Volleyball Safety Rules
Volleyball is a fairly low-risk sport. In fact, some 82 percent of injuries attributed to the sport are minor, according to the National Athletic Trainer’s Association. The most common volleyball injuries are sprains and strains. There are some simple safety rules that players and coaches should follow to avoid these types of injuries.
Volleyball players need to wear knee pads, advises the Olympia School District in Washington. Knee pads are important because one of the top sources of volleyball injuries is from players diving for the ball, according to “Managing Risk in Sport and Recreation: The Essential Guide for Loss Prevention,” by Katharine M. Nohr. Players also need to flex their knees and aim to land on body parts that have muscular padding when they dive for balls, advises Milwaukee Public Schools. Long-sleeved jerseys help keep players safe as well.
Ensure the playing surface and net are up to par. This will go a long way toward preventing injury. For example, check to ensure that the posts don’t have any sharp areas, the floor is not uneven or slippery, that protective padding is placed on walls and posts, and that posts are capped, advises Nohr.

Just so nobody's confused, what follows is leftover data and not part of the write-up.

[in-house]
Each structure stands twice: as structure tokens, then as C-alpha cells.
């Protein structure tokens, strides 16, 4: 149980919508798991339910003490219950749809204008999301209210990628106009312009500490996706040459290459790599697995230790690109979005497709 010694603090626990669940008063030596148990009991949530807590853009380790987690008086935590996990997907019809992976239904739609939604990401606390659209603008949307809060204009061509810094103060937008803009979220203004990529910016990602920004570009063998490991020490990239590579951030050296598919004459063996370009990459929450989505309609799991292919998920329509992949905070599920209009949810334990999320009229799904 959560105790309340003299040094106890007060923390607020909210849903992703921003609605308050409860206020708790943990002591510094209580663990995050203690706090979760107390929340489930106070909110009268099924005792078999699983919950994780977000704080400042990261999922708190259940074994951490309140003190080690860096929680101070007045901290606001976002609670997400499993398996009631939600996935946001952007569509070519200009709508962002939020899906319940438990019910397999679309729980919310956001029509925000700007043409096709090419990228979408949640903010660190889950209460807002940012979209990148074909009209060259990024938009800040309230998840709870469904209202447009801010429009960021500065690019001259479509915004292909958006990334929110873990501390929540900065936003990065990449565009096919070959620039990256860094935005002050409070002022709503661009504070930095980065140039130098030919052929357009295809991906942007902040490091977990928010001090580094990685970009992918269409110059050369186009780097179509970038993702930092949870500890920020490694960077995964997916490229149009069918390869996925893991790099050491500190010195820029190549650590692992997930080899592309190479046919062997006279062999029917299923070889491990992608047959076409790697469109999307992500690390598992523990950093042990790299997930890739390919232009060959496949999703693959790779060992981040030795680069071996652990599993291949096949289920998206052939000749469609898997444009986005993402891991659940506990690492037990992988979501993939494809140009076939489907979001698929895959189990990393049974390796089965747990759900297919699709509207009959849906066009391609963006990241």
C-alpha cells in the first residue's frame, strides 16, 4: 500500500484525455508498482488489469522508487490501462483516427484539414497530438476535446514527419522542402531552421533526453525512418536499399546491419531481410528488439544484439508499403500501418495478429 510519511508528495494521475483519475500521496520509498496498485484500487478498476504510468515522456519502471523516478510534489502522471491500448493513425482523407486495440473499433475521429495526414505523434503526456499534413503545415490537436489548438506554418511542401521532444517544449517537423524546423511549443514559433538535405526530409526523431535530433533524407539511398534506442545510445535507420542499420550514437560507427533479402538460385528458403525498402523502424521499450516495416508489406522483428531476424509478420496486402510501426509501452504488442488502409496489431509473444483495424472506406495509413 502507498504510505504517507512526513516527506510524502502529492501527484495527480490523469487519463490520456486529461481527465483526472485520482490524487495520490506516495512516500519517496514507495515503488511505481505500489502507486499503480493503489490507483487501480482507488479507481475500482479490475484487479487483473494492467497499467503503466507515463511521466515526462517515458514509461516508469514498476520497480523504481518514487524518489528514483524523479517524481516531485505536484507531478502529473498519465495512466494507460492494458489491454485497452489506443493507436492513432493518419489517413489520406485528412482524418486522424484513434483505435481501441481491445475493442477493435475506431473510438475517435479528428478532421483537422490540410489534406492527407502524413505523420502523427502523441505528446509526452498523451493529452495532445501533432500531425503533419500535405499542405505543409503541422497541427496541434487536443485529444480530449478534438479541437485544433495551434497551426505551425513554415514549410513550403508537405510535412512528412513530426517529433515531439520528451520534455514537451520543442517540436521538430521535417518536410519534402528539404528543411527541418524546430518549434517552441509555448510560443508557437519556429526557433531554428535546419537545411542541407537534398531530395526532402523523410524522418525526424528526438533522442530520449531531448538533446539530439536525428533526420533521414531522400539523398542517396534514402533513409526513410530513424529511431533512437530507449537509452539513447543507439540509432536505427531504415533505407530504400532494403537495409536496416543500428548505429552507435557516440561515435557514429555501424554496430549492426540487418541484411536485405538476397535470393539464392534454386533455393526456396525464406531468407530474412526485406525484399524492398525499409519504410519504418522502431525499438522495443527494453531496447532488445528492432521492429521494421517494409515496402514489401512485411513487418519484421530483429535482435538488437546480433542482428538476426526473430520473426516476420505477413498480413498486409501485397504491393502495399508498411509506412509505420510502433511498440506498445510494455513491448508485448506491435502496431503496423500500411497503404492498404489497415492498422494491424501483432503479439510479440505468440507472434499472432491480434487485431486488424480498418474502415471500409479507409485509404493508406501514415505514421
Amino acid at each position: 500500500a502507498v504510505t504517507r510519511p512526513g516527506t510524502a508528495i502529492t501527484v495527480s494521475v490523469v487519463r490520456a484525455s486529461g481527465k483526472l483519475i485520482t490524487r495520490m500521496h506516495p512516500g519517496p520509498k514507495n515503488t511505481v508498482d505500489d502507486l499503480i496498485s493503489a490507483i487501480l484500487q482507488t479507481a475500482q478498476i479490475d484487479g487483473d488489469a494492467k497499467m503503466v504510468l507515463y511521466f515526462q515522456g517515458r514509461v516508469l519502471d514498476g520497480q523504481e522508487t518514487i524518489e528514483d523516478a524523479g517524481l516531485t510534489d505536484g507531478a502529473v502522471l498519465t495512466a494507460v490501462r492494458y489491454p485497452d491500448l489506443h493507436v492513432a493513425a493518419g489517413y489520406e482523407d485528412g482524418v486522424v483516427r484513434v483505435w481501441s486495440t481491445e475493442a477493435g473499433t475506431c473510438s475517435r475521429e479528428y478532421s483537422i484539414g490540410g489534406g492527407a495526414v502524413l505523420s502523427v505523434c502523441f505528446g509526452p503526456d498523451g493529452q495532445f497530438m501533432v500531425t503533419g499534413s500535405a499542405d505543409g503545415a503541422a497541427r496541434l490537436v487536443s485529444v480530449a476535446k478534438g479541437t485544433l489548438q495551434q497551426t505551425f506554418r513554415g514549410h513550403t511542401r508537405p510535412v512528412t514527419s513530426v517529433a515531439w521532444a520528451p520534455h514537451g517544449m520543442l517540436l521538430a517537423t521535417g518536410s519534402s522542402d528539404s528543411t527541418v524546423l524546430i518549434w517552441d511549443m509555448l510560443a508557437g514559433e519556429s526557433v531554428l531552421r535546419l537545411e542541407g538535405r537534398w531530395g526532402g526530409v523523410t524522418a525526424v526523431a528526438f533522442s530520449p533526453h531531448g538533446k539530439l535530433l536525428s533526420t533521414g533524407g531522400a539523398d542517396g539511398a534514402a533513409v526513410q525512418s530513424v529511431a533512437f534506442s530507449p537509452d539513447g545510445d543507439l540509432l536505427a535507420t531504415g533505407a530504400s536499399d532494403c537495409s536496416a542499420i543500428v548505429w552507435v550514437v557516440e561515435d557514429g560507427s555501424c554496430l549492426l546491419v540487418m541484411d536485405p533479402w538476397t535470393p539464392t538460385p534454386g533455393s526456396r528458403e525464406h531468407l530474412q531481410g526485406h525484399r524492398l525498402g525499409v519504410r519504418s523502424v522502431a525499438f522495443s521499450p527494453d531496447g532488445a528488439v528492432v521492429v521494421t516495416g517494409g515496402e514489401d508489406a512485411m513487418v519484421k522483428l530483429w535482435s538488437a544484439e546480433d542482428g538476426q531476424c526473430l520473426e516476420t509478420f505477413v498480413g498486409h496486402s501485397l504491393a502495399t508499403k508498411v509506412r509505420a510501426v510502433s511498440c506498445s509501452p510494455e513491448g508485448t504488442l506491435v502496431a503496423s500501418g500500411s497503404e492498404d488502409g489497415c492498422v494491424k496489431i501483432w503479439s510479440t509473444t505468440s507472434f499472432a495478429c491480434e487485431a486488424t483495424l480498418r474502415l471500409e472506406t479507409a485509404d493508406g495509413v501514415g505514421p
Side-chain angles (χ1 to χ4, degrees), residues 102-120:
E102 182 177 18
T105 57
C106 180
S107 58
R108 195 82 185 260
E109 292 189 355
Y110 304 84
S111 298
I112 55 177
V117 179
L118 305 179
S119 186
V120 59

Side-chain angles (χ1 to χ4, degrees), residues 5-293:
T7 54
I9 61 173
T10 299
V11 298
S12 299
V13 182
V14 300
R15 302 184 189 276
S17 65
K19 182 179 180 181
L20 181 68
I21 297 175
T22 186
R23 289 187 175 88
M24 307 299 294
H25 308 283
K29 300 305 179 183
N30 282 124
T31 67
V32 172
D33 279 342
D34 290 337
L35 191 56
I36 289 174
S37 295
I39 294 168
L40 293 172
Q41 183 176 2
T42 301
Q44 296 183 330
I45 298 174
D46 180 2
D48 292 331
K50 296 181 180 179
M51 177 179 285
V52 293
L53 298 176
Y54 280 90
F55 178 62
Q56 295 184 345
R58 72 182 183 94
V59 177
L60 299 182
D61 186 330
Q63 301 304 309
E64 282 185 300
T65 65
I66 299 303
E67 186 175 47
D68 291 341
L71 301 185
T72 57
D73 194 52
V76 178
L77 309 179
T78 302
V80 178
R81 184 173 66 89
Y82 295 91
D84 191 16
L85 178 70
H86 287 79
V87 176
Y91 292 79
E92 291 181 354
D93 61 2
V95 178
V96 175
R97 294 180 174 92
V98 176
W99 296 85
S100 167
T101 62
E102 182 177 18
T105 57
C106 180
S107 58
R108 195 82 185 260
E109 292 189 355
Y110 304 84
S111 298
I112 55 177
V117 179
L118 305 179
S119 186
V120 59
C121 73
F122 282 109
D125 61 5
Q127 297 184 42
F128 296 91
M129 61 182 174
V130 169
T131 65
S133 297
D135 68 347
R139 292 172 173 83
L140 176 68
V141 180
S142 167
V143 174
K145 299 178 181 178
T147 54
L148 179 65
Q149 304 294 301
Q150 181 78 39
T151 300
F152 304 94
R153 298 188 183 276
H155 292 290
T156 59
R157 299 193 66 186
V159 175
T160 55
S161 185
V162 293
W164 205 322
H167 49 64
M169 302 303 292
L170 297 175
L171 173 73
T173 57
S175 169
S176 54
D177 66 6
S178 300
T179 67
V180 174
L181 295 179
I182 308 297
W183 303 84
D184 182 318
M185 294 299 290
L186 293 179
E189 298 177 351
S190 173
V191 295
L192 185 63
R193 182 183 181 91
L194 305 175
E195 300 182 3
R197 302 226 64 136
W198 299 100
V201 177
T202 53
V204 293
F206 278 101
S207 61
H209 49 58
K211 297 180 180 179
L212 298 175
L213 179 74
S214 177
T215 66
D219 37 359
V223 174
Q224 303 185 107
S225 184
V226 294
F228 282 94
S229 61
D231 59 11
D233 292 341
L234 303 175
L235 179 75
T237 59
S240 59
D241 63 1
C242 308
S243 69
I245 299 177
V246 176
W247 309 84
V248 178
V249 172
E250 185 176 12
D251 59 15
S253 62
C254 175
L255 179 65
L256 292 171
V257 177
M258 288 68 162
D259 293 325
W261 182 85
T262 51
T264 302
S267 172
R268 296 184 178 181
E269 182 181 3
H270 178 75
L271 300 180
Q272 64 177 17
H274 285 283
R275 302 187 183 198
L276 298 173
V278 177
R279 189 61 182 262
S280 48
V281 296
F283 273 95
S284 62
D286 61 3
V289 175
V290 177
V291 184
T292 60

Practice makes perfect, advises Nohr, because another top source or injury in volleyball is from players colliding. MPS requires players to call for the ball to avoid collisions. Also, players are advised to jump straight up as opposed to into the net when blocking or spiking the ball, and to land on both feet. Players also need to strengthen and condition the muscles they use for jumping, advises NATA.
Players are advised to double-check pads and shoes for proper fit before each practice or game. Regulation volleyball rules also require players to remove all metal hair fasteners, jewelry and other body adornments before practicing or playing.
Hydration and Sun Protection
Volleyball players need to use sun protection when playing outdoors, advises Nohr. Players also need to pay careful attention to drinking fluids, whether playing indoors, on the beach or in a back yard.
Linda Tarr Kent is a reporter and editor with more than 20 years experience at Gannett Company Inc., The McClatchy Company, Sound Publishing Inc., Mach Publishing, MomFit The Movement and other companies. Her area of expertise is health and fitness. She is a Bosu fitness and stand-up paddle surfing instructor. Kent holds a bachelor's degree in journalism from Washington State University.